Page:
The astronomical rise of Andy Robertson

After what was effectively an £8million swap deal with Hull City, nobody at Liverpool expected Andrew Robertson to turn out to be the player he is today, and on the day that he’s been named captain of the Scottish national team, The Anfield Talk’s Anthony (@anthonymarkmcav) looks at the accelerated rise to prominence of Andy Robbo.

A little over eight years ago, a young defender, deemed “too small” to play football, was released by Celtic. This after and despite captaining his secondary school side throughout his education.

“I was only a boy and I supported Celtic. So leaving at 15 was hard to take. But I never felt that was the end of my career.”

It was Scottish Third Division side, Queen’s Park that took a punt on a then 18-year-old. They took Robertson in on a youth contract.

“I wanted to try somewhere else and feel lucky Queen’s Park gave me an opportunity. At the start I was a bit reluctant to join them just because of where they were in Scottish football , but looking back it was the best decision of my career.”

It could have been over before it began had Andy Robertson continued on with his studying into University. However, he was called up to the Queen’s Park first team side just months before he was due to start his undergraduate degree.

He made his senior debut in a Scottish Challenge Cup match against Berwick Rangers, a game that ended in a penalty shootout victory for the Spiders. Robbo had to wait until November to score his first goal.

After 43 appearances in three competitions for Queen’s Park, Robertson and fellow Queen’s Park player Aiden Connolly both joined Dundee United at the end of the 2012/13 season, and under new boss, Jackie McNamara, Robertson went from strength to strength.

Andy only spent a season at Dundee United before making his move into England’s top flight.

He was straight away thrown into the deep end at United, becoming their starting left-back in a matter of weeks. He made his debut for Dundee on opening day. It turned out to be less than memorable in a 0-0 draw with Partick Thistle.

“At United we had a lot of young players. Yes, we had up days and down days. But fortunately our manager Jackie McNamara stuck by the young players and kept encouraging us to do the right things.”

Andy only spent the rest of the 2013/14 season at Dundee United, winning the young player of the year award in the Scottish Premiership. As well as being named in the team of the year for the division, too.

It was Hull City that would be the next calling ground for Robertson, who made a £3million move from him in the summer of 2014. He solidified his position in a then Premier League level side quickly. Even winning the club’s player of the month award in his first month of competitive action.

Hull City were relegated from the Premier League at the end of the 2014/15 season, with Andy Robertson being one of the only positives to take from a largely disappointing campaign for the Tigers.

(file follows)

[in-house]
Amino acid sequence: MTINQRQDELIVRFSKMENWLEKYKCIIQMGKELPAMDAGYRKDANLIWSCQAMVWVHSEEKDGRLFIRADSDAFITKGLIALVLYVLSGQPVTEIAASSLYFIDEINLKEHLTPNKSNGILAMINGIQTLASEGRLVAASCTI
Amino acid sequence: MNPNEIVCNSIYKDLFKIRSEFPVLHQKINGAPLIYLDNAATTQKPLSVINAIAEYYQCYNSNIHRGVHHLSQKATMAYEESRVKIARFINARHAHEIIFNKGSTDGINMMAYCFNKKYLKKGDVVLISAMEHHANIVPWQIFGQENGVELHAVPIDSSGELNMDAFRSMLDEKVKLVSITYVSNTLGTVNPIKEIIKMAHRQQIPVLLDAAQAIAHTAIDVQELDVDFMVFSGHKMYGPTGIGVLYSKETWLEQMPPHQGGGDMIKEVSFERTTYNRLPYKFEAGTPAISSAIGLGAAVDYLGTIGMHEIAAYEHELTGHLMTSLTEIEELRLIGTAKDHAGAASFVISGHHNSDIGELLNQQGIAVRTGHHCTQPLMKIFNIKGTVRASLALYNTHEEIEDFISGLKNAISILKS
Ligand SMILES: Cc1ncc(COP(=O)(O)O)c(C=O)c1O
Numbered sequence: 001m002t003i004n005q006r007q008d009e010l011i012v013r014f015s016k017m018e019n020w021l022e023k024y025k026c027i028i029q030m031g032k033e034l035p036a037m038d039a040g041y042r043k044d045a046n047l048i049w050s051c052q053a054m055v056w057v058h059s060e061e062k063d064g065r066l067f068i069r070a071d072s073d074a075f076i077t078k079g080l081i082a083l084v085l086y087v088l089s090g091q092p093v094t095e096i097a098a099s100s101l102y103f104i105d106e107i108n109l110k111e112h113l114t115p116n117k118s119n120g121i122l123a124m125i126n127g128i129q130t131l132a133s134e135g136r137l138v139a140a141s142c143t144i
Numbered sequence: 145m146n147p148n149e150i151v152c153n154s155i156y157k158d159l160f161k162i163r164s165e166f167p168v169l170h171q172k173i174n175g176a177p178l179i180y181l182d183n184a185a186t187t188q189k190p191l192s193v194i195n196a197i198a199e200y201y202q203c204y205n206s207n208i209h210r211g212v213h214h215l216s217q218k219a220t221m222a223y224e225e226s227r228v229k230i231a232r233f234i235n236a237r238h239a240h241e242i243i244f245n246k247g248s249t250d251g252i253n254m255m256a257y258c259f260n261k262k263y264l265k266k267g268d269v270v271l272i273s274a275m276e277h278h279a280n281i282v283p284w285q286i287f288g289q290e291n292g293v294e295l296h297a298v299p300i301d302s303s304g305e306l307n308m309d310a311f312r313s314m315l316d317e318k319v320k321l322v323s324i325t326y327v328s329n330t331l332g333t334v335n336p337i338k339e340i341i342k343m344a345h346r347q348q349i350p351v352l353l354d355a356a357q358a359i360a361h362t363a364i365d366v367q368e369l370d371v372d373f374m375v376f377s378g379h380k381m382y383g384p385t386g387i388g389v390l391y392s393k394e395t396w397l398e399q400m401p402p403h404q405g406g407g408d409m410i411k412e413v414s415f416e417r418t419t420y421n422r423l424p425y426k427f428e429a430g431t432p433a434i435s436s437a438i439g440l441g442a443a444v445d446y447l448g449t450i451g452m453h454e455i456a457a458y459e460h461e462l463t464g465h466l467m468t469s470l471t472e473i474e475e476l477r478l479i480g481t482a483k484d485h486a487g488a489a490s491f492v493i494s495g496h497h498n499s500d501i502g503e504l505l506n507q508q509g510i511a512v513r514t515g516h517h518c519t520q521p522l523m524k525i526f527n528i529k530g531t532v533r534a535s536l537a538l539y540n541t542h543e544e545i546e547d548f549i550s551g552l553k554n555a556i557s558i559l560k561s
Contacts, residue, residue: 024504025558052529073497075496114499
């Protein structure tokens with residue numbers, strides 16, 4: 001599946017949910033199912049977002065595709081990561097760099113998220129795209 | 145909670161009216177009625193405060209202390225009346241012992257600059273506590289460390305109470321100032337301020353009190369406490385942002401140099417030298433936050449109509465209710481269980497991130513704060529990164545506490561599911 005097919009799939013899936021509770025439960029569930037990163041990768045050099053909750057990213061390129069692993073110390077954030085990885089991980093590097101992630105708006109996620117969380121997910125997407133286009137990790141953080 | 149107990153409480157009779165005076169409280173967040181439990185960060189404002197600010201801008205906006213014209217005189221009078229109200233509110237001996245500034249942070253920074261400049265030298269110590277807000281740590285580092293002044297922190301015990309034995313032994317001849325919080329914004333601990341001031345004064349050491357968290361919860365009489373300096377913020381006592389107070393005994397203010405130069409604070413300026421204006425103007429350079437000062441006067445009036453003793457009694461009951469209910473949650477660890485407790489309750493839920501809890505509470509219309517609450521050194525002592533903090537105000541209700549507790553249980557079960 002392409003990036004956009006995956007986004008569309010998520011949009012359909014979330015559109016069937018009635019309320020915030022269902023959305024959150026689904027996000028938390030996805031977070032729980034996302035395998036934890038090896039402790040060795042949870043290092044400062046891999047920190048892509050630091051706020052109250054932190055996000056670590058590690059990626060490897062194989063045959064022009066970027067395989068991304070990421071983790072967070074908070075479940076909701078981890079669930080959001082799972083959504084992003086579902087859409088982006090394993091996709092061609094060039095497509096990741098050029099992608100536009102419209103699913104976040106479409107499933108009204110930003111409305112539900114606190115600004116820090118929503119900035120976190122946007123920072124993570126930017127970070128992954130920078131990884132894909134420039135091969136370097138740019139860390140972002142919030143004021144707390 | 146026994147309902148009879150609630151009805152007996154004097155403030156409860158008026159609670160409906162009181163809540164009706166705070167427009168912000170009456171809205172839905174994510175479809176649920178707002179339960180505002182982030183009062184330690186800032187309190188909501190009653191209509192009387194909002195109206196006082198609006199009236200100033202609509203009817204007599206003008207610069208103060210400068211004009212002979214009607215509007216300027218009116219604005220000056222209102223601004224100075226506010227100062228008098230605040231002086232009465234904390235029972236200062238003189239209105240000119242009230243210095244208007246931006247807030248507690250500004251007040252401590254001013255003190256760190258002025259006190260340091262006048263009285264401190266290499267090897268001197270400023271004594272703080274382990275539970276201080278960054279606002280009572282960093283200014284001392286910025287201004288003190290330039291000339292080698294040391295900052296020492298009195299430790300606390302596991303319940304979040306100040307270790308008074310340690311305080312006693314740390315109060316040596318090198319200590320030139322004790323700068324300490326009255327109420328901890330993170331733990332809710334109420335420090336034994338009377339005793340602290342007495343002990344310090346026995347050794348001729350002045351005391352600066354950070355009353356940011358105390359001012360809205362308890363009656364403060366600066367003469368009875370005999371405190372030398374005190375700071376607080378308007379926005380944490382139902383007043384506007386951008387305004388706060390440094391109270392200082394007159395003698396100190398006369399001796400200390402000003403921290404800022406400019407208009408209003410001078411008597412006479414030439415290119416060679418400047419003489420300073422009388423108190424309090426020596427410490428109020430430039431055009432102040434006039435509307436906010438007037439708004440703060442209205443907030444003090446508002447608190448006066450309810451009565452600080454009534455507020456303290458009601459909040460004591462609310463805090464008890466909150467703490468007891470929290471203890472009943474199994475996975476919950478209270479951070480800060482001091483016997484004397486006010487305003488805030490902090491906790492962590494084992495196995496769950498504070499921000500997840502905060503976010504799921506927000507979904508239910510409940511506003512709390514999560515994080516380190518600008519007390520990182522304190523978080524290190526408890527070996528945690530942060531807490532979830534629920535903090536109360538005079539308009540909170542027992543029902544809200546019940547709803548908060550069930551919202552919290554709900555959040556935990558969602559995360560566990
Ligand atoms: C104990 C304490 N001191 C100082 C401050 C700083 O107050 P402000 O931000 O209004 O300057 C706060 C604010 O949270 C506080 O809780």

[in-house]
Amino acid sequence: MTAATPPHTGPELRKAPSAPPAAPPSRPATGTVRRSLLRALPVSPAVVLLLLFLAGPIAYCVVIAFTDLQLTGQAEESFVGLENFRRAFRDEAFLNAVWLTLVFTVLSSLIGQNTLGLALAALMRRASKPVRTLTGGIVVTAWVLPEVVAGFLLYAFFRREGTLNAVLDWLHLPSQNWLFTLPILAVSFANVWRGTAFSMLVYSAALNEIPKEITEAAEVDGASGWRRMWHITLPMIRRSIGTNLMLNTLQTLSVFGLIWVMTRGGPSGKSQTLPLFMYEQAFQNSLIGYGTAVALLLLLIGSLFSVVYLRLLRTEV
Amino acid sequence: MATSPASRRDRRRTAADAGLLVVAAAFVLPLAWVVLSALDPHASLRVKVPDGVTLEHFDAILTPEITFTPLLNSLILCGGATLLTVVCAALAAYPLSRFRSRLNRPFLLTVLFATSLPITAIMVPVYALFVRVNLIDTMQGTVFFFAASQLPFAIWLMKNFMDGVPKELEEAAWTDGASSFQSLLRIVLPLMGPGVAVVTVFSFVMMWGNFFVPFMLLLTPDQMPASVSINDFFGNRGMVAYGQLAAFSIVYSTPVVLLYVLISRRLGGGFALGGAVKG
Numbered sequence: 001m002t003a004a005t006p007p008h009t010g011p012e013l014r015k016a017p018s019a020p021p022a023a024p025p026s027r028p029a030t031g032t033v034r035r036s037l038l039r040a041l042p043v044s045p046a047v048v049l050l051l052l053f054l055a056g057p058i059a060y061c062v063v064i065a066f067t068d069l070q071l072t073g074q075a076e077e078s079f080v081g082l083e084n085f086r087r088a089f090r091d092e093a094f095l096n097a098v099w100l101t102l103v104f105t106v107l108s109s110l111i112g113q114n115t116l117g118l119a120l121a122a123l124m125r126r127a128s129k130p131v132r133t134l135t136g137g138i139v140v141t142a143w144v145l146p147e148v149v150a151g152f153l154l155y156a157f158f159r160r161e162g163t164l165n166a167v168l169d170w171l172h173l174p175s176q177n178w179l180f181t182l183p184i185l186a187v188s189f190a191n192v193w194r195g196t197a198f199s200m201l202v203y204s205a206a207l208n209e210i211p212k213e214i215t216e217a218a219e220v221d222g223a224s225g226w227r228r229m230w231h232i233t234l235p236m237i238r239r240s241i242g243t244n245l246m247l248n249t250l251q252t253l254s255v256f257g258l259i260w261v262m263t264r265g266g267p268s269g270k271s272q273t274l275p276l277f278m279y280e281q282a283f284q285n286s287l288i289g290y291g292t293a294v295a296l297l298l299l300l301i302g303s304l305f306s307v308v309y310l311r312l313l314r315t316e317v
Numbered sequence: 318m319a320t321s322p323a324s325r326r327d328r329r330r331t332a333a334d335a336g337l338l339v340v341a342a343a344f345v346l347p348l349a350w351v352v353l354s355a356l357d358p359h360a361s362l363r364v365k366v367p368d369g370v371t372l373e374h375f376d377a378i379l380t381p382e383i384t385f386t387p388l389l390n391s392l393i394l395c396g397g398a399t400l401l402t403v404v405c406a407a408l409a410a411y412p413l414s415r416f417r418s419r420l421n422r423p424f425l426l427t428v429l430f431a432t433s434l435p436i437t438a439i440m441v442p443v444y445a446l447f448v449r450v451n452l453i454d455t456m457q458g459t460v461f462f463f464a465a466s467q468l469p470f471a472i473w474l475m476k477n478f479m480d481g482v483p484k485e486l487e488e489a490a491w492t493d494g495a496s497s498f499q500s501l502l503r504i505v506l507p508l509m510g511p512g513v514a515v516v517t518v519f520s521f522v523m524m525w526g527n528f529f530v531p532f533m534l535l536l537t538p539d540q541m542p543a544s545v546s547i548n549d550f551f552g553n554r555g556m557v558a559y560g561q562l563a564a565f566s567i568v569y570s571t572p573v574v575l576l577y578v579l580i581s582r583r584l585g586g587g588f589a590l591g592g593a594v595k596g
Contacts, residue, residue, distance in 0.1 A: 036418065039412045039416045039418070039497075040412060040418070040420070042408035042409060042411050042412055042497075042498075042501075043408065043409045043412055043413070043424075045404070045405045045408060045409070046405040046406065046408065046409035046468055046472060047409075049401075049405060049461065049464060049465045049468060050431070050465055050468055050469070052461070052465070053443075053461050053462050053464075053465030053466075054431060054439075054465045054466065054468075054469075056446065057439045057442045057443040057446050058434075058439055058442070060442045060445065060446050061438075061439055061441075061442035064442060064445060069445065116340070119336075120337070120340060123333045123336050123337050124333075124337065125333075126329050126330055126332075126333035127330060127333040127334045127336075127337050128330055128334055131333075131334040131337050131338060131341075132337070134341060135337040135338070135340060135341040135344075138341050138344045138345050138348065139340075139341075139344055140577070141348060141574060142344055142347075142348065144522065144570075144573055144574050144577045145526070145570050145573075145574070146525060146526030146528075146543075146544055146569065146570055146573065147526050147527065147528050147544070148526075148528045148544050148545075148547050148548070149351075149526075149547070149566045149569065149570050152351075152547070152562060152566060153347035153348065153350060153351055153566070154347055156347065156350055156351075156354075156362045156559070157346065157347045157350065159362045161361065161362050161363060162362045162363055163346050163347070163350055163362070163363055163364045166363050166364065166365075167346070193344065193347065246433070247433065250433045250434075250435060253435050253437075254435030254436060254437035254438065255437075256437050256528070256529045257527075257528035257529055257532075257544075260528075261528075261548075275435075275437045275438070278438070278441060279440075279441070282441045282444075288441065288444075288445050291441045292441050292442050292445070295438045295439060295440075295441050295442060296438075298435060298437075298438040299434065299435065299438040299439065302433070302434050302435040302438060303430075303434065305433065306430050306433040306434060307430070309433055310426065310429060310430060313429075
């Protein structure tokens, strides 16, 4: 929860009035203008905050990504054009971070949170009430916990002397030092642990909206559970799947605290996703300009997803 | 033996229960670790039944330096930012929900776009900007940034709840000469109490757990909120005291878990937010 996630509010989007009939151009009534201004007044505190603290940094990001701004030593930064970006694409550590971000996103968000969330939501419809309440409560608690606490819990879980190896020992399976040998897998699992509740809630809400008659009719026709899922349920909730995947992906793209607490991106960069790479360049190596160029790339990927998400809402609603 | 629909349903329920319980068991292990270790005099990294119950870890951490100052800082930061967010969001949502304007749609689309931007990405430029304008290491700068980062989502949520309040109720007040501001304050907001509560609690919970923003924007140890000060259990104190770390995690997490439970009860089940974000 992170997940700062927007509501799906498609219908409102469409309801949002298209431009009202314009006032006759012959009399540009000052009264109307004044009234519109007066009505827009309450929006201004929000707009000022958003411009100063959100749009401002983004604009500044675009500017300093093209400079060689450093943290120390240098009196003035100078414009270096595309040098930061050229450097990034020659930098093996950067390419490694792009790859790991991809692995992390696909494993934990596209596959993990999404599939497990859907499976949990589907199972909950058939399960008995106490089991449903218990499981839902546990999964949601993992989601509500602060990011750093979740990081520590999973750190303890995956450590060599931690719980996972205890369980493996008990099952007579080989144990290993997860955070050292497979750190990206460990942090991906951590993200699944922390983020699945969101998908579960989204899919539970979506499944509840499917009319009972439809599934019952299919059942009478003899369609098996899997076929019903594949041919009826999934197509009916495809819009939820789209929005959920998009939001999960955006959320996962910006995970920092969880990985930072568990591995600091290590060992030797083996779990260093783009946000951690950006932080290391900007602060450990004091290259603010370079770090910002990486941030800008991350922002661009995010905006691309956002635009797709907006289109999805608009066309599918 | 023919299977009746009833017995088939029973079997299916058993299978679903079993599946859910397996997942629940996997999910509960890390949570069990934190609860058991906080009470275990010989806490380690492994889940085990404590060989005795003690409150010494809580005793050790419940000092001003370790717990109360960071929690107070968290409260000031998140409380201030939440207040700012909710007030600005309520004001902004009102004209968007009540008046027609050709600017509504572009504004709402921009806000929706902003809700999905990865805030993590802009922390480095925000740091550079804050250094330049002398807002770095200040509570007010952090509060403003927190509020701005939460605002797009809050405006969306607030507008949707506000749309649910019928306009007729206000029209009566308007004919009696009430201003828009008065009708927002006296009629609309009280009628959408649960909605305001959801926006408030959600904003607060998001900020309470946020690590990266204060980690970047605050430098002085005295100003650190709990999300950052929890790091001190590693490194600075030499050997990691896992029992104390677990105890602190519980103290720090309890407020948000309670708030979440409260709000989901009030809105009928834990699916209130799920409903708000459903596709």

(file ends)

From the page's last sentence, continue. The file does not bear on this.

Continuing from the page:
Old enemies, new friends. Robertson wasn’t a complete stranger to Liverpool’s attacking prowess whilst at Hull.

A seasons in the Championship followed. Whereas most players would see this as stagnation, especially at the young age 21 and 22, but Robertson grabbed the opportunity by the horns. He put in performances, week-in, week-out, that surpassed the Championship in terms of quality.

Then, just as Hull were to make a return to the championship after being immediately being relegated from the top tier, Andy joined Liverpool for a fee of £8million, with Kevin Stewart going in the opposite direction for the same fee.

Facing his stiffest competition from Alberto Moreno, Andy Robertson vowed to make the left-back position his own.

“I want to be a starting XI player at Liverpool. I don’t want to come here and think I’ll just be happy on the bench or I’ll just be happy being in a 25-man squad. That’s not the type of person I am, I want to play.”

It took more time that he would have liked, but being slowly integrated in to the Liverpool squad proved to be the best thing to happen to him. Quickly becoming a fan favourite, he endeared himself to Liverpool fans with his gut-bust performances and lovable nature.

From being deemed too small at Celtic to coming agonisingly close to winning a Champions League, Andy Robbo is a far cry from the kid that chose to play for Queen’s Park in the Scottish Third Division instead of going to Uni.

His patience was well rewarded when Alberto Moreno went down injured in December. A long run in the side followed, culminating in the Champions League final.

Now, today, as the cherry on top of the last seven years of Andy Robertson’s footballing career, he has been named as the brand new captain of the Scottish National Team.

He takes over from Scott Brown, who was the last full-time captain of the Scottish side, in the mean time, Kieran Tierney, Charlie Mulgrew, James Morrison and Scott McKenna have shared the captaincy in the last six internationals.

Robertson joins an illustrious list of Scottish captains, including former Reds, Gary McAllister, Graeme Souness, and Kenny Dalglish.

To the future. At just 24, Robbo still has the world at his feet, starting in one of the most exciting systems in world football and now captain of his country.

After just 22 caps for the national team, immense pressure is now heaped upon Robertson. However, it’s unlikely that it will get to the still young left-back. His history and character proceeds himself. He truly is one of the good guys in football and will ultimately be a great leader. Every word Robertson speaks to the press flows with honesty and genuine passion.

People toot the horn of Trent Alexander-Arnold and Virgil van Dijk being the future captaincy figures at the club but is Andy Robertson going under the radar? Time will tell.

*all quotes taken from the Daily Record/LFC

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